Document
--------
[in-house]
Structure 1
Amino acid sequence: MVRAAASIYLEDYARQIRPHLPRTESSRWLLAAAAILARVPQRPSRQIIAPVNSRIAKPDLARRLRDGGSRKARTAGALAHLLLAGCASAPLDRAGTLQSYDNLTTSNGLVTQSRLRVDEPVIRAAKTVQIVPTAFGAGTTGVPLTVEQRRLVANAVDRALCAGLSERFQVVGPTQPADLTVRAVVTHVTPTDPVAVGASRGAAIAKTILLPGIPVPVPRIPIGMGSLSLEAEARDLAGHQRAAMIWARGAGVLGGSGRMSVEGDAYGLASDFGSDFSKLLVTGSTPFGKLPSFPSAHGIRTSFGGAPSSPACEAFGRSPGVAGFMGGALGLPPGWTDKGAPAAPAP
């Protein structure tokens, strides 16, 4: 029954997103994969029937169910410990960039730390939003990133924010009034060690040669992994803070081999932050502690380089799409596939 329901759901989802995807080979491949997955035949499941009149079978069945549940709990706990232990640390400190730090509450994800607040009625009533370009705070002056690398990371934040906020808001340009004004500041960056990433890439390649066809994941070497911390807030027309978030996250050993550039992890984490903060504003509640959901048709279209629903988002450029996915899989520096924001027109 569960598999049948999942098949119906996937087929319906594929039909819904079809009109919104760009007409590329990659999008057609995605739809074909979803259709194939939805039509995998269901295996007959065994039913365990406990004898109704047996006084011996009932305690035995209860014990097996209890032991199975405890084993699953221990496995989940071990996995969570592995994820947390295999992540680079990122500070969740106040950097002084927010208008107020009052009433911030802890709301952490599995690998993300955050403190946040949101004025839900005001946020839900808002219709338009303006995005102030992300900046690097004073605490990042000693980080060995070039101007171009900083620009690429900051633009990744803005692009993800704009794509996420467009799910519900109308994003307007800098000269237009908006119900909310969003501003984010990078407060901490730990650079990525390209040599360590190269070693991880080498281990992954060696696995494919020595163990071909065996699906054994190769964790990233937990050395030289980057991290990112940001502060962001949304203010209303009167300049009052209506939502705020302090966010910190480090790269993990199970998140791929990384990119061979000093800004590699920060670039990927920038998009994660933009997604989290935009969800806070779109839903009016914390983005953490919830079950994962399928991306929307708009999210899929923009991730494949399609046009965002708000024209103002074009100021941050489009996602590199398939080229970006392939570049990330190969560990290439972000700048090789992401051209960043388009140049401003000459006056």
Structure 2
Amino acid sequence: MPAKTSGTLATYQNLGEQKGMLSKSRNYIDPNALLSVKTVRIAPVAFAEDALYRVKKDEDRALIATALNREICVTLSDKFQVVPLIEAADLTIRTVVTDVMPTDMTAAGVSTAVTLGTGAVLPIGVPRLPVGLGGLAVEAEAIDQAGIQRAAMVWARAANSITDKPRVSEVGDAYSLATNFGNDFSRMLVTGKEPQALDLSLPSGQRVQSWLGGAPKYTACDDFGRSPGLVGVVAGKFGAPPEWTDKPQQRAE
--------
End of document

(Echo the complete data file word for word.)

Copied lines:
[in-house]
Structure 1
Amino acid sequence: MVRAAASIYLEDYARQIRPHLPRTESSRWLLAAAAILARVPQRPSRQIIAPVNSRIAKPDLARRLRDGGSRKARTAGALAHLLLAGCASAPLDRAGTLQSYDNLTTSNGLVTQSRLRVDEPVIRAAKTVQIVPTAFGAGTTGVPLTVEQRRLVANAVDRALCAGLSERFQVVGPTQPADLTVRAVVTHVTPTDPVAVGASRGAAIAKTILLPGIPVPVPRIPIGMGSLSLEAEARDLAGHQRAAMIWARGAGVLGGSGRMSVEGDAYGLASDFGSDFSKLLVTGSTPFGKLPSFPSAHGIRTSFGGAPSSPACEAFGRSPGVAGFMGGALGLPPGWTDKGAPAAPAP
């Protein structure tokens, strides 16, 4: 029954997103994969029937169910410990960039730390939003990133924010009034060690040669992994803070081999932050502690380089799409596939 329901759901989802995807080979491949997955035949499941009149079978069945549940709990706990232990640390400190730090509450994800607040009625009533370009705070002056690398990371934040906020808001340009004004500041960056990433890439390649066809994941070497911390807030027309978030996250050993550039992890984490903060504003509640959901048709279209629903988002450029996915899989520096924001027109 569960598999049948999942098949119906996937087929319906594929039909819904079809009109919104760009007409590329990659999008057609995605739809074909979803259709194939939805039509995998269901295996007959065994039913365990406990004898109704047996006084011996009932305690035995209860014990097996209890032991199975405890084993699953221990496995989940071990996995969570592995994820947390295999992540680079990122500070969740106040950097002084927010208008107020009052009433911030802890709301952490599995690998993300955050403190946040949101004025839900005001946020839900808002219709338009303006995005102030992300900046690097004073605490990042000693980080060995070039101007171009900083620009690429900051633009990744803005692009993800704009794509996420467009799910519900109308994003307007800098000269237009908006119900909310969003501003984010990078407060901490730990650079990525390209040599360590190269070693991880080498281990992954060696696995494919020595163990071909065996699906054994190769964790990233937990050395030289980057991290990112940001502060962001949304203010209303009167300049009052209506939502705020302090966010910190480090790269993990199970998140791929990384990119061979000093800004590699920060670039990927920038998009994660933009997604989290935009969800806070779109839903009016914390983005953490919830079950994962399928991306929307708009999210899929923009991730494949399609046009965002708000024209103002074009100021941050489009996602590199398939080229970006392939570049990330190969560990290439972000700048090789992401051209960043388009140049401003000459006056």
Structure 2
Amino acid sequence: MPAKTSGTLATYQNLGEQKGMLSKSRNYIDPNALLSVKTVRIAPVAFAEDALYRVKKDEDRALIATALNREICVTLSDKFQVVPLIEAADLTIRTVVTDVMPTDMTAAGVSTAVTLGTGAVLPIGVPRLPVGLGGLAVEAEAIDQAGIQRAAMVWARAANSITDKPRVSEVGDAYSLATNFGNDFSRMLVTGKEPQALDLSLPSGQRVQSWLGGAPKYTACDDFGRSPGLVGVVAGKFGAPPEWTDKPQQRAE